Southerners' social platform out to spark global conversations

Southerners' social platform out to spark global conversations
Linkerly - a social feed for web links, but the team members hope to create a browser plugin that would let users bookmark and discuss content from anywhere around the internet, on any site.

The team that won last September's Dunedin Startup Weekend is back with a new venture that aims to bring together online audiences with similar interests.

Otago University student Geordi Dearns and alumni Ben Wigley, a developer, marketer and entrepreneur Nick Cleaver and designer Rebekah McNutt are working on Linkerly.

It's currently a social feed for web links, but the team members hope to create a browser plugin that would let users bookmark and discuss content from anywhere around the internet, on any site.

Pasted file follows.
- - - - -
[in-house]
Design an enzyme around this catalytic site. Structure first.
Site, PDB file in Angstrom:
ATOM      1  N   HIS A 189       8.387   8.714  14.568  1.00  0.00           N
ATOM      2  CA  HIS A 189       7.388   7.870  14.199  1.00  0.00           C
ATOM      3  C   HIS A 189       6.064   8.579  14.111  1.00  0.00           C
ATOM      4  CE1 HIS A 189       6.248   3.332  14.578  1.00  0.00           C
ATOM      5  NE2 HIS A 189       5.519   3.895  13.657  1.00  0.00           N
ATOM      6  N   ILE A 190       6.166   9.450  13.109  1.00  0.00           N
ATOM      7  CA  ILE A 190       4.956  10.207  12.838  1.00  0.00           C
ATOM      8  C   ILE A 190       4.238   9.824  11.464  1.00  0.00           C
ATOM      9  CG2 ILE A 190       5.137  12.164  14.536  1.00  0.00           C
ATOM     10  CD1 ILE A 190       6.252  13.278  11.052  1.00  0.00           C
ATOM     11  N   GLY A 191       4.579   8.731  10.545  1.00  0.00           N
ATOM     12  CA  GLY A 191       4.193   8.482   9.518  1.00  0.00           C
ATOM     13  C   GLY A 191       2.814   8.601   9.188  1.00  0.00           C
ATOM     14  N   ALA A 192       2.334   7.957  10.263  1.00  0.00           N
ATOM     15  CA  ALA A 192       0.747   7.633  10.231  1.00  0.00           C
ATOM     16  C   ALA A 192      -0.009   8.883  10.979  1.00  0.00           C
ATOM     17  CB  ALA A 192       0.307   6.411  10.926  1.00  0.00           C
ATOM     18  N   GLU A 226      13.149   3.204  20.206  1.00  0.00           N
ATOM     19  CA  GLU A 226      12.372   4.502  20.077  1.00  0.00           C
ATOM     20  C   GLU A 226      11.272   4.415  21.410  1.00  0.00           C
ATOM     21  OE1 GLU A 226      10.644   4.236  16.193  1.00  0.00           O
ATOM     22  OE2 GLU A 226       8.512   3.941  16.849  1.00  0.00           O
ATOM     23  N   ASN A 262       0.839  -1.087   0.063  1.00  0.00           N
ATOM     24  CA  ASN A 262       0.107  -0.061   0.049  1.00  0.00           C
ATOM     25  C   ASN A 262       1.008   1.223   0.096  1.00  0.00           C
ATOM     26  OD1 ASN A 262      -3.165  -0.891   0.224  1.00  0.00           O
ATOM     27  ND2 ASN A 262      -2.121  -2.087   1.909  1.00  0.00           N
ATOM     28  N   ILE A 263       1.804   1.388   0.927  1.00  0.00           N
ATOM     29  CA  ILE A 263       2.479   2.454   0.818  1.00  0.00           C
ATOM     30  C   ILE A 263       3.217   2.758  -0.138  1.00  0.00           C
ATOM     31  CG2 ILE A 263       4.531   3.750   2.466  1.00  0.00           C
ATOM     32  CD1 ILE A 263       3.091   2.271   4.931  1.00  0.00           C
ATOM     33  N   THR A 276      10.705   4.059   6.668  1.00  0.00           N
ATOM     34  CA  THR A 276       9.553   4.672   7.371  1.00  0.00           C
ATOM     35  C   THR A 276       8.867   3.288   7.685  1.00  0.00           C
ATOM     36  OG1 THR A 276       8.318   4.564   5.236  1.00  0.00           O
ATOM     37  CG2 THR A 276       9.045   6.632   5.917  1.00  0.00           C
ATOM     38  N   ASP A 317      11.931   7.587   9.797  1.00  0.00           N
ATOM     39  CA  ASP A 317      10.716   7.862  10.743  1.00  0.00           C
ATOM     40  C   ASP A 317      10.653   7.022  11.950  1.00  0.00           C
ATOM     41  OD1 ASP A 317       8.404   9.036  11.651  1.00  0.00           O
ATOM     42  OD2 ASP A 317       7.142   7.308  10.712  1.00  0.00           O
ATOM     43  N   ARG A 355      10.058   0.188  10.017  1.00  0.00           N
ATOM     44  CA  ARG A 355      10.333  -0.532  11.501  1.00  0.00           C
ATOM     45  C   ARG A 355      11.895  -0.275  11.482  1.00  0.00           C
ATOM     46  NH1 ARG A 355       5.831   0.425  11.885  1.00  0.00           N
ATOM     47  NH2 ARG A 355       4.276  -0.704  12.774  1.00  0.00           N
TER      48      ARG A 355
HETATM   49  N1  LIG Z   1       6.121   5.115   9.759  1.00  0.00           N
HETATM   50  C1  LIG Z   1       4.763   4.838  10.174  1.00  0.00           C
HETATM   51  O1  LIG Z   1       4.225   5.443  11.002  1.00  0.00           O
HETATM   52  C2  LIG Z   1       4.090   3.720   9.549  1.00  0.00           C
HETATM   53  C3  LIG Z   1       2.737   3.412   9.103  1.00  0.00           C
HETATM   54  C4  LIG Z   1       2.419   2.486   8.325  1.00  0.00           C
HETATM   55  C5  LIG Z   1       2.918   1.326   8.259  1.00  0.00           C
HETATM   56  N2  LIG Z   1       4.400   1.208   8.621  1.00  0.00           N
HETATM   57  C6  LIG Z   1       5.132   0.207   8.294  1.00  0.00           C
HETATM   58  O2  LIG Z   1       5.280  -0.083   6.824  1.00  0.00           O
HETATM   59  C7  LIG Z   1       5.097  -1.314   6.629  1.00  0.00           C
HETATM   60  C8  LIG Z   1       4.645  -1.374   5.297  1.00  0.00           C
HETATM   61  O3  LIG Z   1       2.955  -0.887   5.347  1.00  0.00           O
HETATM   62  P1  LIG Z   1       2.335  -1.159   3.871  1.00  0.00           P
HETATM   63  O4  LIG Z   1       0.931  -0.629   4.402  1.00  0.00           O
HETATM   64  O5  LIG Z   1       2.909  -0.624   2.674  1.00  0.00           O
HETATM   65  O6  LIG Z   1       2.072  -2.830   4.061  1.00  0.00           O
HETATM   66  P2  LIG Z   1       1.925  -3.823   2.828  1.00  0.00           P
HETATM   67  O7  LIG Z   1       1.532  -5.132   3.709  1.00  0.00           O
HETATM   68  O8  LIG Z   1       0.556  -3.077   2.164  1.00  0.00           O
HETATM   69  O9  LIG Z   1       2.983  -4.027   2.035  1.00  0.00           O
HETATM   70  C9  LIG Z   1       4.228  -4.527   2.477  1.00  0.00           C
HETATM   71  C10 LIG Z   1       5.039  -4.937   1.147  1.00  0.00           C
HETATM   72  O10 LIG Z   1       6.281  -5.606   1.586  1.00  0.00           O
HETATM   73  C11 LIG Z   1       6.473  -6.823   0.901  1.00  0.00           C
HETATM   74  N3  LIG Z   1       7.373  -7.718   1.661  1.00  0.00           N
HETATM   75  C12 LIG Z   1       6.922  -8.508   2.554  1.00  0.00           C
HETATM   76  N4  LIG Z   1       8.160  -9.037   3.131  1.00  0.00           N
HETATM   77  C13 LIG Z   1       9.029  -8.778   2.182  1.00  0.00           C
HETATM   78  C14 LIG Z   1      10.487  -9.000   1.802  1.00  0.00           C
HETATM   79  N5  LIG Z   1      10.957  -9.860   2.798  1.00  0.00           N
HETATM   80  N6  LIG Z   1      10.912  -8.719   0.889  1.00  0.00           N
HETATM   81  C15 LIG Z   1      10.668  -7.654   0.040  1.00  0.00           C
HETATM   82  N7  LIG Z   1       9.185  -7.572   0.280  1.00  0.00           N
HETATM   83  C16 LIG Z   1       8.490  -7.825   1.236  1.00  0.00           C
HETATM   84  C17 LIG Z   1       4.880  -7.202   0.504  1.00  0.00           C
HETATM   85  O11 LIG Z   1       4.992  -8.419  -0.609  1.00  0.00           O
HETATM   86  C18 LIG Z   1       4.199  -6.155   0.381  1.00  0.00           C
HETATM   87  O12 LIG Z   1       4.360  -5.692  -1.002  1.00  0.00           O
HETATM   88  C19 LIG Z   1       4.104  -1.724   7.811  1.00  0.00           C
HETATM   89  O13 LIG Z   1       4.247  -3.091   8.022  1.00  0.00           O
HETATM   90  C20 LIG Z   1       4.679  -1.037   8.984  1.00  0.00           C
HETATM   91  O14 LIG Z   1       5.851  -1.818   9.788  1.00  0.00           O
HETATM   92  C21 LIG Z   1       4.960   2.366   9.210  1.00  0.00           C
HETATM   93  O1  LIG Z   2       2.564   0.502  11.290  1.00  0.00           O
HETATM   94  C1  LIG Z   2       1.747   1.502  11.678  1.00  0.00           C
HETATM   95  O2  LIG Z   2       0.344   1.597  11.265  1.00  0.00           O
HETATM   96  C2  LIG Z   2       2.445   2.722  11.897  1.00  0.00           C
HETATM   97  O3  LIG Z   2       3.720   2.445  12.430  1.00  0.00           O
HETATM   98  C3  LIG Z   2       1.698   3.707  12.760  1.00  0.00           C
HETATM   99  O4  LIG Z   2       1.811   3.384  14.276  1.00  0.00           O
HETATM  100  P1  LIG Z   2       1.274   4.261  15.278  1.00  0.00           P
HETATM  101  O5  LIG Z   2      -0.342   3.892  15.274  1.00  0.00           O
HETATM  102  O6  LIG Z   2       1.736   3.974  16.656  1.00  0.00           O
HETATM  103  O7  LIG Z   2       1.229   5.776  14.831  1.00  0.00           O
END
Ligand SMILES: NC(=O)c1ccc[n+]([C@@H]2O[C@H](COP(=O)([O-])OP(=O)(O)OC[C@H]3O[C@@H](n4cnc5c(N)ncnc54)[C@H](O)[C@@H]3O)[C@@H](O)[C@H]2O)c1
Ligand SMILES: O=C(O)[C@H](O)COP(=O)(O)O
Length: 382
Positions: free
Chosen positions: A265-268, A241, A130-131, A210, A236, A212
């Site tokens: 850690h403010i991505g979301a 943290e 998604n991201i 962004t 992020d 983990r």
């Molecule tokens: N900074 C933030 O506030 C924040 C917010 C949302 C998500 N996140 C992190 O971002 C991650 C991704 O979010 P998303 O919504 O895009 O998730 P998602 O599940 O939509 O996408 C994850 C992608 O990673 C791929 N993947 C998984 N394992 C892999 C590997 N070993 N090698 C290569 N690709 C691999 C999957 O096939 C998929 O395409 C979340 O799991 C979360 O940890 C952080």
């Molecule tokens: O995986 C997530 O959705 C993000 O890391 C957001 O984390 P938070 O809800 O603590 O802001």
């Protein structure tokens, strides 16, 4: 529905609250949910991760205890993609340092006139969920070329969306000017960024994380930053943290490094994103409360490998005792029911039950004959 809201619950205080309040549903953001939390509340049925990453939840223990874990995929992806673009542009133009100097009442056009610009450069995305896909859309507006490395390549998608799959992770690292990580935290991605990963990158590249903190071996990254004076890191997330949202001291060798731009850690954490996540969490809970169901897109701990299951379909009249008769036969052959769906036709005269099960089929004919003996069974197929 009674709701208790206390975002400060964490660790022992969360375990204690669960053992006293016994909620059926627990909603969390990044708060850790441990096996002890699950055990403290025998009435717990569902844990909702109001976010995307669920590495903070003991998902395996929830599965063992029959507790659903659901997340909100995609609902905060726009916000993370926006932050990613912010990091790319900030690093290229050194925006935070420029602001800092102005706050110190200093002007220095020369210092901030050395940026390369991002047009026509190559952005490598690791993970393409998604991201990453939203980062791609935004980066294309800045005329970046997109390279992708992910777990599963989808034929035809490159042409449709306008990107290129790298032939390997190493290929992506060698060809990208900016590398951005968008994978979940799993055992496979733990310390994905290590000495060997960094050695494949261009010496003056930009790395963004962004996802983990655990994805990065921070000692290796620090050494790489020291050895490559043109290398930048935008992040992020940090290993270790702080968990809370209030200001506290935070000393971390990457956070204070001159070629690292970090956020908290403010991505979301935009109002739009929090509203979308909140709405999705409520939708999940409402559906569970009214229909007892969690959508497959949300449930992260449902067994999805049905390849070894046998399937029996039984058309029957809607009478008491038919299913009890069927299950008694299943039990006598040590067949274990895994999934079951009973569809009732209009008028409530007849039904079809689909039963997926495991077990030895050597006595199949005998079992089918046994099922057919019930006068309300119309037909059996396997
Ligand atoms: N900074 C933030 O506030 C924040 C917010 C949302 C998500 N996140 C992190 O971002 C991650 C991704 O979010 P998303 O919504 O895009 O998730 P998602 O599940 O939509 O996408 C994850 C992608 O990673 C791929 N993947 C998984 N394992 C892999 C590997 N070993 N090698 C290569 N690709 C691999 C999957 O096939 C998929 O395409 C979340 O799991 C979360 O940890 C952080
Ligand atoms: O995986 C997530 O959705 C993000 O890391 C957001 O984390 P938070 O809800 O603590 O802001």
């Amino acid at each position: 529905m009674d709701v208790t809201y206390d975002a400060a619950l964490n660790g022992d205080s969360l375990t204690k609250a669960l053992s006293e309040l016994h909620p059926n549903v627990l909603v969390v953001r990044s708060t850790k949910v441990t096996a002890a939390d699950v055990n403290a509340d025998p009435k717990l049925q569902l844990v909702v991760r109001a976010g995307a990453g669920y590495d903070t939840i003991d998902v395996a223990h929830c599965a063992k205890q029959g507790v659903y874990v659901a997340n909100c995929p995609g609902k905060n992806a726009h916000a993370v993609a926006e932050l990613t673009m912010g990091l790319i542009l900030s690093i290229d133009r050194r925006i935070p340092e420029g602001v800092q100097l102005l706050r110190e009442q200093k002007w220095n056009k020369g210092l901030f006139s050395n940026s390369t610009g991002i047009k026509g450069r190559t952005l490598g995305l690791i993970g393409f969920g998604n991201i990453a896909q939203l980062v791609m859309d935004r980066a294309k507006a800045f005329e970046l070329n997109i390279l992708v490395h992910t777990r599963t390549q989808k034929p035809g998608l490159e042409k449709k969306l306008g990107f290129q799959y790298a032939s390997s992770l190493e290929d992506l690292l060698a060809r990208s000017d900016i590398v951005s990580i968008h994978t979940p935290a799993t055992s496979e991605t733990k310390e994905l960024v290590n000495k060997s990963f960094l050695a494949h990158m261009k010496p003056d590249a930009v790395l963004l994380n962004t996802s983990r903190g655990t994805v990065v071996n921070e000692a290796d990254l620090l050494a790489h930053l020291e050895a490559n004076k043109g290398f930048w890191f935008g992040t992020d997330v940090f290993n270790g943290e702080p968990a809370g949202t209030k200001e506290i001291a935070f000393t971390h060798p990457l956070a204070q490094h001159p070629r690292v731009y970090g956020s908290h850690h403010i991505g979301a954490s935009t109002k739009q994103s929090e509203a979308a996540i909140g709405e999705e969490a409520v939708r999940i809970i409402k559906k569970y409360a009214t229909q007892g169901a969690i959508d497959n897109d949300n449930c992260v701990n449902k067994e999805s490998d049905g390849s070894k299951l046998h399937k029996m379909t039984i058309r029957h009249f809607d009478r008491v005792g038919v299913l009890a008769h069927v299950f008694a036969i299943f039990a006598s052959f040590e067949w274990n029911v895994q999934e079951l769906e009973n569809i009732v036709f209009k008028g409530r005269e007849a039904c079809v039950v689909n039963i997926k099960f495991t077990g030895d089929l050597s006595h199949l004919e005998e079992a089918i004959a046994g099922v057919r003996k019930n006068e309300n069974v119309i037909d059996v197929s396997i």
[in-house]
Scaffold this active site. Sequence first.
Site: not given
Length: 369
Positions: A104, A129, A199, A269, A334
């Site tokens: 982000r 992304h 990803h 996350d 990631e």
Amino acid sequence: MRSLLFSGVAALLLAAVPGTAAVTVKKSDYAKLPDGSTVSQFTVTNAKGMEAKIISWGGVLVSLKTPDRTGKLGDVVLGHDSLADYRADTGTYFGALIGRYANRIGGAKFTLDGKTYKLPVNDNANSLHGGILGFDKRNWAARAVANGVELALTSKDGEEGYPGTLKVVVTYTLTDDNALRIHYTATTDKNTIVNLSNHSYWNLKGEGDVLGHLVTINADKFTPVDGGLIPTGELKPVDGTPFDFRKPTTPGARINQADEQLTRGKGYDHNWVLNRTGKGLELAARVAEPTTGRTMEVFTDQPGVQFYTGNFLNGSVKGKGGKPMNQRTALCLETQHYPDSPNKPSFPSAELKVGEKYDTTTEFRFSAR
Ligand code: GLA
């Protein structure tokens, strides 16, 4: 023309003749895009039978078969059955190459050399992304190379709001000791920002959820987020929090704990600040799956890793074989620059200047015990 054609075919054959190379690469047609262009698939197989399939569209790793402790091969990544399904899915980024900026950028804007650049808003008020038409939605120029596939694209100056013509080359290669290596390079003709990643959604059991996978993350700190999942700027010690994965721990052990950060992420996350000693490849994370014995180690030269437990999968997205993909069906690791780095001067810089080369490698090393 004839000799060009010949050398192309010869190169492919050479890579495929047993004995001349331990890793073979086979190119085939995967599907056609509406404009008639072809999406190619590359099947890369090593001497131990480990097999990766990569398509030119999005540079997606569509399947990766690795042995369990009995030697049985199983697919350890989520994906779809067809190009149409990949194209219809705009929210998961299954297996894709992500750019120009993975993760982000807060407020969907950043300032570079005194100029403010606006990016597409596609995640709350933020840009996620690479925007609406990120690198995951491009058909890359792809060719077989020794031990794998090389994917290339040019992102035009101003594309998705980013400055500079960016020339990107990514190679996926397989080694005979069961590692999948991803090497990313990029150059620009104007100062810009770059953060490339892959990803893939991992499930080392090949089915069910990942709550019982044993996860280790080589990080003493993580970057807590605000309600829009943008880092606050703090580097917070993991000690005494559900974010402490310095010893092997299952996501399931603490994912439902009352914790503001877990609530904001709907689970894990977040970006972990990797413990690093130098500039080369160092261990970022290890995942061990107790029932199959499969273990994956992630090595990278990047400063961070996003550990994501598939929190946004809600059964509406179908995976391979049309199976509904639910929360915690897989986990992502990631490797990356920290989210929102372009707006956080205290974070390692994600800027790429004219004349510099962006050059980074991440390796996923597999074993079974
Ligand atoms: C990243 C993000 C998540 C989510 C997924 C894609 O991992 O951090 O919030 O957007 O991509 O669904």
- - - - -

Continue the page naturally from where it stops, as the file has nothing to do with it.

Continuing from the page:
"We got sick of those Gen Y type sites like Elite Daily that are quite restricted in what they give you," says Dearns. "They have writers that are all quite selective."

The team's concept is similar to the social bookmarking functionality used by Delicious, he says. "The ultimate aim would be if something happened like the Japanese tsunami, you could discuss it and donate using Paypal and send messages of support.

We want people right across the world who might have the same interests to be able to bookmark something and discuss it on any site."

Cleaver, Wigley and McNutt won the Dunedin Startup Weekend with Skrmsh, a venture designed to gamify debating.

Wigley helped develop the Delicious front end while working for Avos Systems from December 2012 until January. Avos, started by YouTube co-founders Chad Hurley and Steven Chen, bought Delicious in 2011.

Linkerly has signed more than 100 beta users after offering a $500 incentive during the Otago University orientation week.

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